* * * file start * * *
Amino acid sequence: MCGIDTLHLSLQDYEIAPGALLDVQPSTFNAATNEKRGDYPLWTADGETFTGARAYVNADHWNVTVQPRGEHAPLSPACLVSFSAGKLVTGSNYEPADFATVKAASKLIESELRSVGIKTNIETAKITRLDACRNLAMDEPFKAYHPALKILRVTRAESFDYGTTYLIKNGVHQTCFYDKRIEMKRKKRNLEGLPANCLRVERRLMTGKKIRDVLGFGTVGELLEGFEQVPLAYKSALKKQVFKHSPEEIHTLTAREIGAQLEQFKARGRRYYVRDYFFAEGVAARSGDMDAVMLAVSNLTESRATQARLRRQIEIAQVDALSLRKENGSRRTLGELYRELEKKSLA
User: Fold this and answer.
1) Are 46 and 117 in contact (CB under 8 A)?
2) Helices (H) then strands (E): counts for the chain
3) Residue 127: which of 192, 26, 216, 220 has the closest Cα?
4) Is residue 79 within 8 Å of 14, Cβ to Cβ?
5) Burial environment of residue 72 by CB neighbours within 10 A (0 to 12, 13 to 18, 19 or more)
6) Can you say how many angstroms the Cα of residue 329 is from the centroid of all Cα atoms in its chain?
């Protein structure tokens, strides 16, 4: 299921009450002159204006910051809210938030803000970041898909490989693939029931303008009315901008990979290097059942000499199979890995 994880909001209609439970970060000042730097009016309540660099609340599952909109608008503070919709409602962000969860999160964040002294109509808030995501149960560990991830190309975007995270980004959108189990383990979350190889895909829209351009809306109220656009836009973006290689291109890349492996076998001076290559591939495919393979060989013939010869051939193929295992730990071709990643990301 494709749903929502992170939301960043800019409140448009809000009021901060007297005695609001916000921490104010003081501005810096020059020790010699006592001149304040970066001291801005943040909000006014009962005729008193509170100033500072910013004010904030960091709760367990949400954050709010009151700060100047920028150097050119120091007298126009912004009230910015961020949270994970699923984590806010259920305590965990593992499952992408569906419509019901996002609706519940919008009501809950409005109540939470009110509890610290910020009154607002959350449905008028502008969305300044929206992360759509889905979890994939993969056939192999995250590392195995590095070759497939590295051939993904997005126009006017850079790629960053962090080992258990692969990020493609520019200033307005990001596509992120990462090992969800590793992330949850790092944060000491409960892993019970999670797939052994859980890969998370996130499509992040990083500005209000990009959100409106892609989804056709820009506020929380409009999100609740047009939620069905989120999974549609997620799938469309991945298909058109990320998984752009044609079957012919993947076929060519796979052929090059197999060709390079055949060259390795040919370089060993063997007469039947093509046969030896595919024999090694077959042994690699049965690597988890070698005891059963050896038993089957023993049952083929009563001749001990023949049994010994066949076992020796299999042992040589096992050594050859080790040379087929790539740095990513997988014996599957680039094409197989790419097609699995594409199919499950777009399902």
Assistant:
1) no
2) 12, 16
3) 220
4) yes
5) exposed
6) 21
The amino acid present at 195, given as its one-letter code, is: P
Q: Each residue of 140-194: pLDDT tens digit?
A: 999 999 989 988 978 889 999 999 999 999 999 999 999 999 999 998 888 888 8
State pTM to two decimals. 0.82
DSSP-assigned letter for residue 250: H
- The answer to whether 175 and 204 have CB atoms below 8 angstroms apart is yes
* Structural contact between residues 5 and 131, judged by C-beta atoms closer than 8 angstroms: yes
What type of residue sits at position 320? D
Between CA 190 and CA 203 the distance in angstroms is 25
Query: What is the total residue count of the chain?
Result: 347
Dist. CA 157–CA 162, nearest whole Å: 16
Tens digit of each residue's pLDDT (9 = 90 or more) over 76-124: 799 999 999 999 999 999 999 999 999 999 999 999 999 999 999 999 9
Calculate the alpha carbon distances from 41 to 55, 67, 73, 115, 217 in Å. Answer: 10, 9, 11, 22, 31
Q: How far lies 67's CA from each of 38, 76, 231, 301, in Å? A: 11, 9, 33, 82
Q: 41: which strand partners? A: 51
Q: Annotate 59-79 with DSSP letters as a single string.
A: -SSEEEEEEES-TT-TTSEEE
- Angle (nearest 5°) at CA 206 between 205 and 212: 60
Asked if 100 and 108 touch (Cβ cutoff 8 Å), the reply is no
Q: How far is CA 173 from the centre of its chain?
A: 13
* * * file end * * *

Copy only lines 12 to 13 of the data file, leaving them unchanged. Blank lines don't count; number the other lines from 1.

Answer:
2) 12, 16
3) 220